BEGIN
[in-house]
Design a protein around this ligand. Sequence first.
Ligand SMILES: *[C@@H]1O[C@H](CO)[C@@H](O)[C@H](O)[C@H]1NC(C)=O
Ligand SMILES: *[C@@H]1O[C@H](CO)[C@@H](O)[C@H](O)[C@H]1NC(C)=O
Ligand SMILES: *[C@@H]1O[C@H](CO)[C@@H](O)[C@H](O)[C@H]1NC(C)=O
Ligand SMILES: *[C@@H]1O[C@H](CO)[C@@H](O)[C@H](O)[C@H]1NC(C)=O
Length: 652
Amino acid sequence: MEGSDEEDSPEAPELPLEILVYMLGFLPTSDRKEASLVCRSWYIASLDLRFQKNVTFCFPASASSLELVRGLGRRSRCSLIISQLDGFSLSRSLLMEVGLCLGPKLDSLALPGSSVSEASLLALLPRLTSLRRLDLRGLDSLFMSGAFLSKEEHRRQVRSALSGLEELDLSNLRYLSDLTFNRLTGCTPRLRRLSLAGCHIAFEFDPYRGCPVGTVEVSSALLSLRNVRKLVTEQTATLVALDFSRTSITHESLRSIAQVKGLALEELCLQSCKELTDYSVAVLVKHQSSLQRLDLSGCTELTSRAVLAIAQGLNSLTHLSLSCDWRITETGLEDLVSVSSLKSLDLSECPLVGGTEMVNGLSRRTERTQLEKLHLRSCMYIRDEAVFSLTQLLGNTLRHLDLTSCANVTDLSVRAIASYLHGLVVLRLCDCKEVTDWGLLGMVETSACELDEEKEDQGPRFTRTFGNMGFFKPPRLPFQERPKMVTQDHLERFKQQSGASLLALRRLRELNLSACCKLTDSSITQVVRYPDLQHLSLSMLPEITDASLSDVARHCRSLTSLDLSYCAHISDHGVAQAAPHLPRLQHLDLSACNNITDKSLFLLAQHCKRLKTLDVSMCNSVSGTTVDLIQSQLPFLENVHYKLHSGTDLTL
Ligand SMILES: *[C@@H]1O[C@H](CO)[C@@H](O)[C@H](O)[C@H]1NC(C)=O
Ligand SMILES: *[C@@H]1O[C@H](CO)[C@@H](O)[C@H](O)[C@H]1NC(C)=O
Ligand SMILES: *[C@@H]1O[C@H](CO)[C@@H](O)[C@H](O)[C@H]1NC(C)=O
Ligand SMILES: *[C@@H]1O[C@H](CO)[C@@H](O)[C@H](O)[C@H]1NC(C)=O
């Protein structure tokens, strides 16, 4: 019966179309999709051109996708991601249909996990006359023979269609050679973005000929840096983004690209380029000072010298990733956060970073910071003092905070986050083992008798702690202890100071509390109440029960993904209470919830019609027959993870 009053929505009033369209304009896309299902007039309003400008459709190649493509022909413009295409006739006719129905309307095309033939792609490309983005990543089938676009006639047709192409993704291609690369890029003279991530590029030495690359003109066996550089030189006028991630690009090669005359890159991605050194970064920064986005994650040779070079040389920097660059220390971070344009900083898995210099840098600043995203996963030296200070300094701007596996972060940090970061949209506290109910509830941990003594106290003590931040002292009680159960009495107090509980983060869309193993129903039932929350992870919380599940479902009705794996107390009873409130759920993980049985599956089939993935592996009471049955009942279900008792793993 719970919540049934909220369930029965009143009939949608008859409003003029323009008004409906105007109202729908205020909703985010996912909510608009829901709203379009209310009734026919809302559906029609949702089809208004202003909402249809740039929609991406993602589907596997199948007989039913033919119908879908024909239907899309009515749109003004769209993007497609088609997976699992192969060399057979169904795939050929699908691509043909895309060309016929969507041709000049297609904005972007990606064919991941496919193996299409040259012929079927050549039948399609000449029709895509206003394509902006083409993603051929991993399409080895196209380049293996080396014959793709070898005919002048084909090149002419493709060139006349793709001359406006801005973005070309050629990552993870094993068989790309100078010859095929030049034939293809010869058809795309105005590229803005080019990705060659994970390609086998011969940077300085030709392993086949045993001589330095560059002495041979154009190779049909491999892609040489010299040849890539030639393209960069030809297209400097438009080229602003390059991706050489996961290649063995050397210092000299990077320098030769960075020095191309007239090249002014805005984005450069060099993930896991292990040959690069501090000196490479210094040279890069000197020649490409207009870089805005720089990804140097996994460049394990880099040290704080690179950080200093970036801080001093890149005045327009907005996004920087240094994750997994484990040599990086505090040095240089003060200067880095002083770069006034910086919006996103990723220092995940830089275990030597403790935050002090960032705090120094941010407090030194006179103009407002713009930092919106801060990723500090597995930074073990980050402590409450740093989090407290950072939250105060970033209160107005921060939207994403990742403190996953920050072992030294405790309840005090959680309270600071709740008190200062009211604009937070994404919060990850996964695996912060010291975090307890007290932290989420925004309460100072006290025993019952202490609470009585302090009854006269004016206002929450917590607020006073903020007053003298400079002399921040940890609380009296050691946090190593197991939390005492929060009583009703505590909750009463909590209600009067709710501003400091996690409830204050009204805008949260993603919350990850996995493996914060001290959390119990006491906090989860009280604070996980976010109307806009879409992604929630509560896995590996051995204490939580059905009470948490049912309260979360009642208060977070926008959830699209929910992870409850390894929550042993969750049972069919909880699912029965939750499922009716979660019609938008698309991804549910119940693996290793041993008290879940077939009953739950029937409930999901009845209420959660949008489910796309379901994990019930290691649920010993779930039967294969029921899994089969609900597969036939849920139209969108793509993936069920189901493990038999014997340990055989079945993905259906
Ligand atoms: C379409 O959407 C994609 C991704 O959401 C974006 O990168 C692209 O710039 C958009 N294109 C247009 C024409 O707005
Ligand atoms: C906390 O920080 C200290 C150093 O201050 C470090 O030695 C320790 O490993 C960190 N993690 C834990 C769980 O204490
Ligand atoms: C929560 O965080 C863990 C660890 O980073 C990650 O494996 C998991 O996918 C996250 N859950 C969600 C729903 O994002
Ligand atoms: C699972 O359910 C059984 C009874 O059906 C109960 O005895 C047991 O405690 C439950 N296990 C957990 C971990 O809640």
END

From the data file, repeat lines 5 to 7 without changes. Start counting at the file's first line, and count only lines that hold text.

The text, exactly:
Ligand SMILES: *[C@@H]1O[C@H](CO)[C@@H](O)[C@H](O)[C@H]1NC(C)=O
Ligand SMILES: *[C@@H]1O[C@H](CO)[C@@H](O)[C@H](O)[C@H]1NC(C)=O
Length: 652